I am doing nanowrimo again this year, and I’m determined to win. So of course today, when I’m almost 3500 words behind, I have decided to do things like: read past nanowrimos; throwback thursday blog post; make plans for hanging out with old friends via Facebook.
So this will be quick, and then I’m seriously going to get writing. I’m doing this thang this year. I have a plot in mind and everything. I’m pretty psyched about it.
I’ve done it in the past. I think I’ve only “won” in 2003 and 2011, but I might be forgetting a year in there. 2007? I’m not sure.
Here is an excerpt from 2006, a year I started writing, but didn’t finish it. Enjoy!
Luke started stealing when he was three years old. Goaded on by his older siblings, Luke loved being the center of attention when, around the corner from the store, he would turn his little pockets inside out and wield to them the treasures he’d gleaned. For Moira, the ten-year-old, there was always nail polish, and for Gavin, the eight-year-old, mostly candy and occasionally baseball cards. Luke never stole anything for himself. He hadn’t associated stealing with gaining things; he only associated it with pleasing his siblings.
It began very casually, in a department store, on a shopping trip with his mother and brother and sister. His mother was taking forever in the underwear section of the store, so the three children wandered off together: nothing new, as Moira often babysat her two brothers. They found themselves around the corner from the department store, facing a candy shop with a display window filled with things so tempting that a diabetic nun would have to pause and consider it.
Gavin went in first, followed by Luke. Moira, trailing after them, was already forming an idea in her head. She selected a piece of peppermint salt water taffy (her favorite) from one of the barrels, and when Gavin wasn’t looking, she handed it to Luke behind the racks of novelty candies.
“Here, Luke,” she said. “This is for Mom. Put it in your pocket like a good boy.”
Luke worshipped his mother and delighted in the idea of bringing her presents. He put the taffy into the front pocket of his little overalls. As soon as Gavin came back from the chocolate-covered pretzels, bemoaning the fact that they didn’t have any money, Moira raised her voice to say, “We should probably get going, Mom will be done shopping soon.” Then she hurried them out onto the sidewalk.
They were back in front of the department store when she held out her palm to Luke. “Give it back now, baby,” she said, one hand on her hip.
Luke clutched his fist over his pocket. “Nuh-uh,” he said sternly, “This is for Mama.”
“You can’t tell Mama about it,” Moira said slyly. “You know why?”
Gavin looked back and forth between the two of them; he’d missed it altogether.
“You stole it, Luke,” Moira said. “Do you know what stealing is?”
Luke didn’t, but he understood that it wasn’t a good thing.
“Stealing is when you take something that’s not yours to take,” Gavin said solemnly. “Did you steal something, Luke?”
Luke’s eyes were big. “Moira gave it to me! She said it was for Mama!”
“What was for me?” his mother said, coming around the corner.
All three of them jumped, although their grasps of the situation were all slightly different.
“This, mama,” said Moira, with the true cunning of a ten-year-old child, and she gave her mother a big hug around her middle.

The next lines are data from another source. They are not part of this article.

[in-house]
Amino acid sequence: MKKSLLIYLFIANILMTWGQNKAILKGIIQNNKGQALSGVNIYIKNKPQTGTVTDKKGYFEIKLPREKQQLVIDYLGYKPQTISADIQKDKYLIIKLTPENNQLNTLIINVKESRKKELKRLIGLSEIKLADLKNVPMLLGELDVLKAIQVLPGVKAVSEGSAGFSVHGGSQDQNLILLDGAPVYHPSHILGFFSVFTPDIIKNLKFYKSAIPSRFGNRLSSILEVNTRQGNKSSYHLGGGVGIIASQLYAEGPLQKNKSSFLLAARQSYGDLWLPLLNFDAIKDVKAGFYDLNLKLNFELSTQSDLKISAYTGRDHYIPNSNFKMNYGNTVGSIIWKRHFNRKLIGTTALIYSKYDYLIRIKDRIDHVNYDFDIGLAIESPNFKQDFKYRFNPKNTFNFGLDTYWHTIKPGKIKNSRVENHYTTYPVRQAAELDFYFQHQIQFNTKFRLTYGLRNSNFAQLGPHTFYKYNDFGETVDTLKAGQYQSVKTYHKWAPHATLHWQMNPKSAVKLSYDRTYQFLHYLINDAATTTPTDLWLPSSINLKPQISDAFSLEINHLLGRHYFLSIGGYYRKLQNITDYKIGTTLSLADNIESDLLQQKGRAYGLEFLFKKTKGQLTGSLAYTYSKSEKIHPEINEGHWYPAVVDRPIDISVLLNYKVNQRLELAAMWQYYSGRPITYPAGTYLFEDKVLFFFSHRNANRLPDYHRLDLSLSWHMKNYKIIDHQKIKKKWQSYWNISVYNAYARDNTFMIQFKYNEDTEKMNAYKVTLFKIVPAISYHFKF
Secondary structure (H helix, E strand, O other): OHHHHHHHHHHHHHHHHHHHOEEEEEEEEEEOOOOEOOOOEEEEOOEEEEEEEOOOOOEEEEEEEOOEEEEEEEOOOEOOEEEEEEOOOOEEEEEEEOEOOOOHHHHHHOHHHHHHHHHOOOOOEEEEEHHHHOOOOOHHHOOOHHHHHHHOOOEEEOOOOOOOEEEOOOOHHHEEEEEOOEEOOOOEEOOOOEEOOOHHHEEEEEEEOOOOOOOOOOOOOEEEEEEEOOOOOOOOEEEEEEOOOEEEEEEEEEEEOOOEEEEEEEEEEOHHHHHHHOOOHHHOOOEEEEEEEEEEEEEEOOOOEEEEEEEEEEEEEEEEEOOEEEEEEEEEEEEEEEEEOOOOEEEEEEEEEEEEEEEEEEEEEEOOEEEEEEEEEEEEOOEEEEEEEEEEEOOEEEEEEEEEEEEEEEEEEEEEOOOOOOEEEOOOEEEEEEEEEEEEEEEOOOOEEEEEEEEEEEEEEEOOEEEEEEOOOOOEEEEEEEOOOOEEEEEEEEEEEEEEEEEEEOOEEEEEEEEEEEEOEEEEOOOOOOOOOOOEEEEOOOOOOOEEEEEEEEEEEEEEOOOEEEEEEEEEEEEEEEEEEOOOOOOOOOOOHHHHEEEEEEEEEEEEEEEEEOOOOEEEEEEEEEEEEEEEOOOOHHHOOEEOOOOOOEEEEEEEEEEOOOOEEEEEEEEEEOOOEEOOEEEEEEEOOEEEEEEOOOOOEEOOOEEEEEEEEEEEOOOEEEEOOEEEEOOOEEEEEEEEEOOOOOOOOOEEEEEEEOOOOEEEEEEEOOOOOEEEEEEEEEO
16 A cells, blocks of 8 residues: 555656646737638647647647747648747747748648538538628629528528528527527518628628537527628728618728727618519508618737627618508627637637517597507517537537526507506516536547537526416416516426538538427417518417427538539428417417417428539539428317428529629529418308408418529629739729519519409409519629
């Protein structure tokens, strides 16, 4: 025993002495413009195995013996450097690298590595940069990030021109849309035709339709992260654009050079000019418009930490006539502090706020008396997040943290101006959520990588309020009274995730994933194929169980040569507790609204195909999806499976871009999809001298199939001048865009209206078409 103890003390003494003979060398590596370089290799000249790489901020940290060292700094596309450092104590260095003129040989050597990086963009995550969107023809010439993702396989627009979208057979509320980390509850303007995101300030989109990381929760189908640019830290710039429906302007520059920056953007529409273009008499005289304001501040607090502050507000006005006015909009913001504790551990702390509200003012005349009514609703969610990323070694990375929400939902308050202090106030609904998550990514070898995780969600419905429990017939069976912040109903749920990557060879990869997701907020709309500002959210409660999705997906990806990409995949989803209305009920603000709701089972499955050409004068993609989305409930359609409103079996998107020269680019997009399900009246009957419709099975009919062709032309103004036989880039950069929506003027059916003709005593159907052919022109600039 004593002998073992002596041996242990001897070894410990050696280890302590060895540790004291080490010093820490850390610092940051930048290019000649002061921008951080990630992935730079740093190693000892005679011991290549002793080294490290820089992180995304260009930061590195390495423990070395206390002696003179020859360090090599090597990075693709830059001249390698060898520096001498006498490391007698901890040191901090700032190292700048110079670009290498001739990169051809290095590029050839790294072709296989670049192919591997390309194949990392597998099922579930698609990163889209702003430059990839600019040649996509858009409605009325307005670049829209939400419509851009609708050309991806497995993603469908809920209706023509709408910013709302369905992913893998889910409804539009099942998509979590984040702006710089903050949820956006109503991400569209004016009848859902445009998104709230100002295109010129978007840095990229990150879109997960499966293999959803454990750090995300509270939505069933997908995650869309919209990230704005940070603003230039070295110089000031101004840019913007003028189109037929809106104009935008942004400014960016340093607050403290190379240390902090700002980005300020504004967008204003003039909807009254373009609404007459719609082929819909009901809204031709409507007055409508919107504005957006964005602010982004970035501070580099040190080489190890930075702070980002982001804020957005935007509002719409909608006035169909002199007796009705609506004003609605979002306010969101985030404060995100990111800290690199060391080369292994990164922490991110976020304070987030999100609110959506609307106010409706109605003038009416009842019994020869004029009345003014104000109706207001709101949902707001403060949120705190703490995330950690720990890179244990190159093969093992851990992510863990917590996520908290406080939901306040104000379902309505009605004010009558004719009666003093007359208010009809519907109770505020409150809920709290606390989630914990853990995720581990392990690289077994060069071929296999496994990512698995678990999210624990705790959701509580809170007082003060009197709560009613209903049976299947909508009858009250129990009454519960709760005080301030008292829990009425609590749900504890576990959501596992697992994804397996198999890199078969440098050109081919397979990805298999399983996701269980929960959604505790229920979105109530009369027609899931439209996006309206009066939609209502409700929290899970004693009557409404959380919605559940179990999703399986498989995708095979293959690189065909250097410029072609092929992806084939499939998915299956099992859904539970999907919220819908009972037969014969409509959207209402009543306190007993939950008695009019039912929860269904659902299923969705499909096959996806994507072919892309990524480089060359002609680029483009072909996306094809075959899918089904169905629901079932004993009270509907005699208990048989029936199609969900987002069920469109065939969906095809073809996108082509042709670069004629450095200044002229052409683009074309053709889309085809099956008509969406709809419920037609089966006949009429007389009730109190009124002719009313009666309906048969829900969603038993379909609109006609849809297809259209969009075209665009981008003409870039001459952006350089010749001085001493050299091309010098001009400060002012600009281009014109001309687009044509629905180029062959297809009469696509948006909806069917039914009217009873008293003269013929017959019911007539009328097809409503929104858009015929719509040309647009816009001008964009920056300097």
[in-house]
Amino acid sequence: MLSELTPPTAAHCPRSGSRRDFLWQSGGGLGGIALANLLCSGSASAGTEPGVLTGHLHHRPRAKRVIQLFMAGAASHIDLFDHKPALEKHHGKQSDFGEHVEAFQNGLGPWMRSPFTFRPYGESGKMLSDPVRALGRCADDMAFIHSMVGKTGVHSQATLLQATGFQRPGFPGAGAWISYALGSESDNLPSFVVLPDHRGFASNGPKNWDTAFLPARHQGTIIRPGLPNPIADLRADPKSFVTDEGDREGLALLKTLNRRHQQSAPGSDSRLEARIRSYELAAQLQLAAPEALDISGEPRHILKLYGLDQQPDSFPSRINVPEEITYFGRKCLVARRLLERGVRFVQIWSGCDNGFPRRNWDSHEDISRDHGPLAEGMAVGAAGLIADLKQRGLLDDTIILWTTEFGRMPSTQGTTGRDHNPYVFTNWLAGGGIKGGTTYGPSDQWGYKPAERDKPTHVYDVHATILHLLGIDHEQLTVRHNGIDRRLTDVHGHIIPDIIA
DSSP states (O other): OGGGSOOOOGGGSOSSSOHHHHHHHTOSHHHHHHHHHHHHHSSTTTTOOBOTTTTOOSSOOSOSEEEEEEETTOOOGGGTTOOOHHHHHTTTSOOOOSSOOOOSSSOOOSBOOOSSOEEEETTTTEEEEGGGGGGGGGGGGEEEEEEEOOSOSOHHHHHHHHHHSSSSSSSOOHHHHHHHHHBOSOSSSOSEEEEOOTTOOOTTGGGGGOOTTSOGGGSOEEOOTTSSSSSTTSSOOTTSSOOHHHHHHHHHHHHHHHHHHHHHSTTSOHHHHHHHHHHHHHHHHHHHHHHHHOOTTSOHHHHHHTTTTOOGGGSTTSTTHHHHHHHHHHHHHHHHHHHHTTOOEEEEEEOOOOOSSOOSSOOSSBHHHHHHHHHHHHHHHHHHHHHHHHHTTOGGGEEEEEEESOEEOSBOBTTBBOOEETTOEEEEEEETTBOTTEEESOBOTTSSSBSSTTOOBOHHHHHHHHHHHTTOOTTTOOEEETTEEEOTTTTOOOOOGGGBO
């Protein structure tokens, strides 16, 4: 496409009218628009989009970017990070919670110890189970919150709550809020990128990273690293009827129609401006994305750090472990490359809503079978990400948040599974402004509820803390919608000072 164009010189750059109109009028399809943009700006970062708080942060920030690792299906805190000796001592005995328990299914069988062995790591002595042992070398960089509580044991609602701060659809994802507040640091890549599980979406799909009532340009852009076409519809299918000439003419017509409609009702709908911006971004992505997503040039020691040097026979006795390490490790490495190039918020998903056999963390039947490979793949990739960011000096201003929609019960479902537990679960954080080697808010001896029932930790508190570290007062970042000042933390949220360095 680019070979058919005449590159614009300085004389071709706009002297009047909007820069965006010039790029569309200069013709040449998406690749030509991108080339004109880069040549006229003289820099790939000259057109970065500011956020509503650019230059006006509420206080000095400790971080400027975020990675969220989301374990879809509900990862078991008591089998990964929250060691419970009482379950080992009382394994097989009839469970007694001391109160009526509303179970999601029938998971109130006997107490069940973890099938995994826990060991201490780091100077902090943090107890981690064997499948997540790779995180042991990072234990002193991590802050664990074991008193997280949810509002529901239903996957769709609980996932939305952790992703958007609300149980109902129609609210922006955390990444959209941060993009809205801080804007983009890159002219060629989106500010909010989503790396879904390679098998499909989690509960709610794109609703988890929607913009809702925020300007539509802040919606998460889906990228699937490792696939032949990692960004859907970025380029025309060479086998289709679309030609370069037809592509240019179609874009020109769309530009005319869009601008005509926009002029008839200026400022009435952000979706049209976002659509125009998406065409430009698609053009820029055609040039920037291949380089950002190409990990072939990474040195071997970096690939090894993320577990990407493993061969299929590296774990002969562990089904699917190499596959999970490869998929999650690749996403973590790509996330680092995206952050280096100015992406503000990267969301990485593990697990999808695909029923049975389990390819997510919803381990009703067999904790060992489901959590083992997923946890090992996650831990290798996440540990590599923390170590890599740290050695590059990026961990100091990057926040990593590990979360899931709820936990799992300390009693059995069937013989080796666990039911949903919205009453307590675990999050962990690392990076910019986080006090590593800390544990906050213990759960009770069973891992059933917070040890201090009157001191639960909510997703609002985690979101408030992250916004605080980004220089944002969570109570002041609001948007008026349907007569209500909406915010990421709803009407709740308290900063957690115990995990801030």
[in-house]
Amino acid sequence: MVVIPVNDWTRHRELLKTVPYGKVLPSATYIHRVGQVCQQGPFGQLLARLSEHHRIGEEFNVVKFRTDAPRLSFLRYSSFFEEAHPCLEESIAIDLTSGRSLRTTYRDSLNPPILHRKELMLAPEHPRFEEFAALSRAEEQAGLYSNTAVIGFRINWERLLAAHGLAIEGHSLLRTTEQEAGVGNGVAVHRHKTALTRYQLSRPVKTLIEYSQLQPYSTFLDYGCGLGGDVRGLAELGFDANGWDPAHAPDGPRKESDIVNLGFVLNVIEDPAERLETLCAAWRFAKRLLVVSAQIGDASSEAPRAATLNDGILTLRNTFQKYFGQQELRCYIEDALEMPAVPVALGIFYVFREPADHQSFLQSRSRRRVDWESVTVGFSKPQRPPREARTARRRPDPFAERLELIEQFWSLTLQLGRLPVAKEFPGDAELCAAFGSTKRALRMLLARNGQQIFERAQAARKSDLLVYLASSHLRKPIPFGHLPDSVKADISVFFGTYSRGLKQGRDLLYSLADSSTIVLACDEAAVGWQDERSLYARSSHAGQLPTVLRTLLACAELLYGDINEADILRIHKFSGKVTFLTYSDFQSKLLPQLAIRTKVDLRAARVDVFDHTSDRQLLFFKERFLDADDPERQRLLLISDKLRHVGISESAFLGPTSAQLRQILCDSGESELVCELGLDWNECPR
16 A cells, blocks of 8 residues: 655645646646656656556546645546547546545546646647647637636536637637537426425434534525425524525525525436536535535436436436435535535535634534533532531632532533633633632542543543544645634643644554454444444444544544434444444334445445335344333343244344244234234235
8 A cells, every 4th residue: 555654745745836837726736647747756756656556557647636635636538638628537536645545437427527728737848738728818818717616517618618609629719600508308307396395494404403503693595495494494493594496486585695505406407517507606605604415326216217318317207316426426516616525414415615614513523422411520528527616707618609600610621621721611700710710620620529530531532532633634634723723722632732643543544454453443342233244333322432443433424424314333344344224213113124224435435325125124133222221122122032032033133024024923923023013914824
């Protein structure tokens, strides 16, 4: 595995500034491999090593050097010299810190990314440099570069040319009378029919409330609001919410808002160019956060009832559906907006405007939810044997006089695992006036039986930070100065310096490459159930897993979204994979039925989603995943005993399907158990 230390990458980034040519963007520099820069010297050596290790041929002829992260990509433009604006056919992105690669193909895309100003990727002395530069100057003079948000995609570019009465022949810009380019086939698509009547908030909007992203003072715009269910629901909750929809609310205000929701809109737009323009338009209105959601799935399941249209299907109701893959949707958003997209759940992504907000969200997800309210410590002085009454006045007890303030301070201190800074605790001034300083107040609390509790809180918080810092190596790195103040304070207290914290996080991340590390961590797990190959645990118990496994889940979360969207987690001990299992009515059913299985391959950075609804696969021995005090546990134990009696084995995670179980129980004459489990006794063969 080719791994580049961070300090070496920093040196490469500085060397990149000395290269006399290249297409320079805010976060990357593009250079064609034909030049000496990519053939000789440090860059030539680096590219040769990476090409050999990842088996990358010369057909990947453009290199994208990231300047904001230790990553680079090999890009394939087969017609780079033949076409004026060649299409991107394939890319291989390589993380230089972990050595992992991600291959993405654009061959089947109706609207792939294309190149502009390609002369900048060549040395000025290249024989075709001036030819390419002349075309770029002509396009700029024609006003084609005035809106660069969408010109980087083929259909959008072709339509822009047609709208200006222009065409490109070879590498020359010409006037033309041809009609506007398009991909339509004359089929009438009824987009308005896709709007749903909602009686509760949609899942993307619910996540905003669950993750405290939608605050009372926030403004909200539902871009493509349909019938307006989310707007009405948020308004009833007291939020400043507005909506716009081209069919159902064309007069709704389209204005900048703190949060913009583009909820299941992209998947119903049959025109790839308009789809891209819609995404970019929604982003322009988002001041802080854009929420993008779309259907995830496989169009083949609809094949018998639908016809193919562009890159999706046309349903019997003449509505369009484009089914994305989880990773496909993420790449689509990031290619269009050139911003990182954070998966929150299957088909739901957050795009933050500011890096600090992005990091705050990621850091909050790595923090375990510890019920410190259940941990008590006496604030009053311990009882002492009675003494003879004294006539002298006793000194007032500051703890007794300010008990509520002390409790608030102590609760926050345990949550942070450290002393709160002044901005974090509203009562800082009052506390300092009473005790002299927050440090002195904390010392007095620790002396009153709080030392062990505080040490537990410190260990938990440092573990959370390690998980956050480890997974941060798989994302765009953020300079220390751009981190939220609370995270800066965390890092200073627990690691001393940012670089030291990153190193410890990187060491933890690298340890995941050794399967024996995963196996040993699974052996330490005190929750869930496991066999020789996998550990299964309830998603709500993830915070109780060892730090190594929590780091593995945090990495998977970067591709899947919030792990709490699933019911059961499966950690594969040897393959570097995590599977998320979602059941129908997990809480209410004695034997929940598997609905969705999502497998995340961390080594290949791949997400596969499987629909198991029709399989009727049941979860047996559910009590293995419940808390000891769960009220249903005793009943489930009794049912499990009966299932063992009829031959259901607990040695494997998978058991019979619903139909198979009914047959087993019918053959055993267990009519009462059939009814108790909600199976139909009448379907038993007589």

“Yeah,” said Gavin, and he and Luke joined in. Luke could feel the lump of taffy pressing uncomfortably against his chest as he hugged his mother, and he could feel a lump of similar size rising in his throat as he thought about what he had done.
Later, Moira convinced him that stealing was not bad. She convinced him that store owners had more than their fair share of things like candy, “and nail polish,” she added seriously, letting that sink in. All stealing was doing was spreading around the wealth. And there was nothing wrong with that, was there? Luke shook his head, understanding that Moira was right, she was right about things like this all the time. His mother said to listen to Moira, especially when she was in charge of him, and that’s what he had done, he had listened to his older sister. He knew he had done nothing wrong.
And that is why, when Moira took him to the corner drugstore the next afternoon, and in the back of the store, pointed out a color of nail polish she had been coveting, he obediently slipped it into his little pocket once again. It lay there, heavier than the taffy, and making a bigger lump, but Moira zipped his jacked up over him, claiming she didn’t want the baby to catch cold, and carried him out of the store, right past the store owner. The store owner didn’t even look over, he was flipping through magazine pages, bored with the kids who came in to check out the comic books or the gum rack, but never had money to purchase anything.
He noticed the little girl with the baby brother coming in more and more often, though. Sometimes it was the baby brother with an older boy. But always the baby brother. And the kids often bought things: shampoo, a magazine, a bottle of juice. He imagined that their parents just sent them out on errands frequently, and they brought the youngest one along to keep him out of the way. He didn’t put the little kid with the faded overalls, and his inventory which kept coming up short, together.
By the end of the summer, Moira’s nail polish collection had increased considerably, Gavin had been comfortably kept in Bazooka bubble gum and tootsie rolls, and the owner of the corner drugstore was out a little more than a hundred dollars. Luke had celebrated his fourth birthday, and had become one of the slickest fingersmiths on the Lower East Side.